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Donald C. Fleming

Bridgeway Bible Commentary - Luke 14:1-24

100. In the house of a Pharisee (Luke 14:1-24)When Jesus visited the house of a prominent Pharisee on the Sabbath day, his critics were waiting to see if he would heal a sick man who was there. When Jesus asked them if healing on the Sabbath was lawful, they refused to answer. Jesus again pointed out the hypocrisy of those who would care for animals on the Sabbath but not for people (Luke 14:1-6).As mealtime approached, Jesus noticed some guests choosing the places of honour at the table. He... read more

E.W. Bullinger

E.W. Bullinger's Companion Bible Notes - Luke 14:9

place. Greek. topes. begin. Compare Proverbs 25:6 , Proverbs 25:7 . with . Greek. meta. App-104 . to take = to take (and keep in it). lowest = last. Greek eschatos room = place, as above. Compare Luke 14:22 with Luke 2:7 . read more

James Burton Coffman

Coffman Commentaries on the Bible - Luke 14:9

And he that bade thee and him shall come and say to thee, Give this man place; and then thou shalt begin with shame to take the lowest place. But when thou art bidden, go and sit in the lowest place; that when he that hath bidden thee cometh, he may say to thee, Friend, go up higher: then shalt thou have glory in the presence of all that sit at meat with thee.It should be noted that in Luke 14:8 preceding, Jesus begins with the postulate of being invited to a "marriage feast"; and since the... read more

Robert Jamieson; A. R. Fausset; David Brown

Commentary Critical and Explanatory on the Whole Bible - Luke 14:9

9. the lowest—not a lower merely [BENGEL]. with shame—"To be lowest is only ignominious to him who affects the highest" [BENGEL]. read more

Thomas Constable

Expository Notes of Dr. Thomas Constable - Luke 14:1-24

4. Participants in the kingdom 14:1-24This section contains the record of several incidents that happened when Jesus was the dinner guest of a leading Pharisee. Jesus had just announced that He would leave Jerusalem desolate (Luke 13:35). The present section justifies Jesus’ condemnation by showing that the root of Israel’s problems lay with her leaders, specifically the Pharisees. It also gives the rationale for Jesus excluding many Jews from the kingdom and admitting Gentiles (Luke 13:28-30). read more

Thomas Constable

Expository Notes of Dr. Thomas Constable - Luke 14:7-11

The parable of the seats at the wedding feast 14:7-11Jesus next gave the assembled guests a lesson on the importance of humility. By identifying this teaching as a parable (Luke 14:7) Luke informed his readers that the lesson has importance in people’s relationship to God, not just interpersonal relations. Jesus gave the parable originally to correct the pride of the Pharisees. read more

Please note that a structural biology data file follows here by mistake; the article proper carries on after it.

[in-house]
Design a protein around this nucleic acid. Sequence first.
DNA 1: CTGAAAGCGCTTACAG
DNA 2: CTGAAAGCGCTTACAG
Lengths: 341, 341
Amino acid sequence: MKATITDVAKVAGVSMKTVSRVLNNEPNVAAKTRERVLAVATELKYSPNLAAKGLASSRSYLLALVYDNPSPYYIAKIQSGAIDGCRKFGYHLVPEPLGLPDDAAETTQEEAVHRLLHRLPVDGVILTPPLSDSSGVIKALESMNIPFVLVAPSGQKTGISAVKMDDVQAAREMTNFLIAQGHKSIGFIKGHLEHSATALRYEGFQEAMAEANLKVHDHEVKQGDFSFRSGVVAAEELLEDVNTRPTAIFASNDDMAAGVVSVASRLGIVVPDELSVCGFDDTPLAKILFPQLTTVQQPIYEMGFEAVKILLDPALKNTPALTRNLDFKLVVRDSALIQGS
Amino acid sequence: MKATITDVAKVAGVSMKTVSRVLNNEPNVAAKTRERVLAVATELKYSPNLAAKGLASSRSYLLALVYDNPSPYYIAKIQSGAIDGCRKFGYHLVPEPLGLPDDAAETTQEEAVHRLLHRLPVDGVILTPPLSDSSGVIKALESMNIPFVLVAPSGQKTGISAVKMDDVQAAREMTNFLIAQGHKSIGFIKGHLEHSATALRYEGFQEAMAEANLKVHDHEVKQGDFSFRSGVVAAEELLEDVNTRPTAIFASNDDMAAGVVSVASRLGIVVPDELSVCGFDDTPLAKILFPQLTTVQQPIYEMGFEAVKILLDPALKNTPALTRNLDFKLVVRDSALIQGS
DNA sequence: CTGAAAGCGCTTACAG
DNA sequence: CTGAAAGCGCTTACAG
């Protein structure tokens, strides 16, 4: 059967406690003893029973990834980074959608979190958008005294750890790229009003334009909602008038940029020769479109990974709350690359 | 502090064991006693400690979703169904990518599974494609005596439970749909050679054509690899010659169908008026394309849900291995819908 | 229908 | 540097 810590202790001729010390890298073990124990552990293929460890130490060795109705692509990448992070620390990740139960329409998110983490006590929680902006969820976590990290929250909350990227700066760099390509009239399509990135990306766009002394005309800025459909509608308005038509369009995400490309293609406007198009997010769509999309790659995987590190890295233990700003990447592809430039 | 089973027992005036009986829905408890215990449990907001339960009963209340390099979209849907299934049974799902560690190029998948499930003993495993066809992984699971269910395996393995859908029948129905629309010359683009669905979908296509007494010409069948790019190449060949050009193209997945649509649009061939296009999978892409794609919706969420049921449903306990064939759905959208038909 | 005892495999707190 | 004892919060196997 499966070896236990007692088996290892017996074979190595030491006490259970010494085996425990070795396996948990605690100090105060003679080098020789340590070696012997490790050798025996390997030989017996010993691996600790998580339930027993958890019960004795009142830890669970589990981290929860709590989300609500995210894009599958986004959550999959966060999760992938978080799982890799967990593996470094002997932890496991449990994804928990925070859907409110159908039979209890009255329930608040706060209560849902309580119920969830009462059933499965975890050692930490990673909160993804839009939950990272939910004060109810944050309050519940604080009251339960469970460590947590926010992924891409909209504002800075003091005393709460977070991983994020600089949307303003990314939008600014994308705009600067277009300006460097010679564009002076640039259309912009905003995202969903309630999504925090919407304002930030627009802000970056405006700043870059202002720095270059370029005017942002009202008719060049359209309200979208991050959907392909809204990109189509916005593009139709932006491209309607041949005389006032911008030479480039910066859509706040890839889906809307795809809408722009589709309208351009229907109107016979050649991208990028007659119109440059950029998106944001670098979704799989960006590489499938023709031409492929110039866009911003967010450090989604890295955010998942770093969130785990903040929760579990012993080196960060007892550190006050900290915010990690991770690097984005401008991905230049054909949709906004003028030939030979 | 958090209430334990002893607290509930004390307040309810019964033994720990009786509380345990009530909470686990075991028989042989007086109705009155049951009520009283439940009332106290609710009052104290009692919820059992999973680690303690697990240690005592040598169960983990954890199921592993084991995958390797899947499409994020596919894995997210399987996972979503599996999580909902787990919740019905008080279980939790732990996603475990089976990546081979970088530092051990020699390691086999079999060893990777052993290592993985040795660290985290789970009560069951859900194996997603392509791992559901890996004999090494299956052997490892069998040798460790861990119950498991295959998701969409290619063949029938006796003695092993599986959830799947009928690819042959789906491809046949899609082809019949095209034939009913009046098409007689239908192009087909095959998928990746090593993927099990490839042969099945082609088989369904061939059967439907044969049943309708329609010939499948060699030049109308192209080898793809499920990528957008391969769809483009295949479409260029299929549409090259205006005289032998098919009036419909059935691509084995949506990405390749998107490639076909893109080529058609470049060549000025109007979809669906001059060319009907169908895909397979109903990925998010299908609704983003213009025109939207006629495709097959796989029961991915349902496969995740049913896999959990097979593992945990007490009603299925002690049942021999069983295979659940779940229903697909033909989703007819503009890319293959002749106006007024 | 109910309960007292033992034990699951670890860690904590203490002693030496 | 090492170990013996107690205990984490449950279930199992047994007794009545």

Thomas Constable

Expository Notes of Dr. Thomas Constable - Luke 14:8-10

Jesus’ teaching from here on in this section centers on the concept of being invited (called, Gr. kaleo, Luke 14:8 [twice], 9, 10 [twice], 12 [twice], 13, 16, 17, 24).The meal in the Pharisee’s house was not a wedding feast. Jesus used that type of banquet in His parable because He was speaking of the messianic banquet at the beginning of the kingdom. Then Israel would unite with her Messiah. Evidently Jesus’ point was that the Jews present should learn a spiritual lesson about the kingdom from... read more

John Dummelow

John Dummelow's Commentary on the Bible - Luke 14:1-35

The Dropsical Man. The Great Supper. Divers Sayings and Parables1-6. The sabbath question again. The man with the dropsy healed (peculiar to Lk).1. To eat bread] So far from being abstemious on the sabbath, the Jews carried the pleasures of the table to excess. ’The Hebrews honour the sabbath chiefly by inviting each other to drinking and intoxication’ (Plutarch). ’Rabbah Abba bought flesh of thirteen butchers that he might be sure to taste the best, and paid them at the very gate, that he... read more

Charles John Ellicott

Ellicott's Commentary for English Readers - Luke 14:9

(9) And thou begin with shame to take the lowest room.—At first sight the words seem to suggest lower motives than those by which the disciples of Christ should regulate their lives—an artificial and calculating rather than a real humility. Three explanations may be given of what is a very real difficulty—(1) That all precepts bearing directly upon social ethics start naturally, as in the Book of Proverbs (from which the form of the teaching is, indeed, directly derived, comp. Proverbs 25:6-7),... read more

William Nicoll

Expositor's Dictionary of Texts - Luke 14:1-35

The Men Without a Sabbath Luke 14:3-6 The Lord delivered His primary challenge to the Jews through the Sabbath Day. It was, as it were, His gauge of battle, His test case. For His own personal significance turned on His relation to this Sabbath Day question. Not that in this He challenged the validity of the older Covenant. On the contrary, He always claimed the authority of the older Covenant on His own side. He appealed for His own justification to the principles established in the Law of... read more

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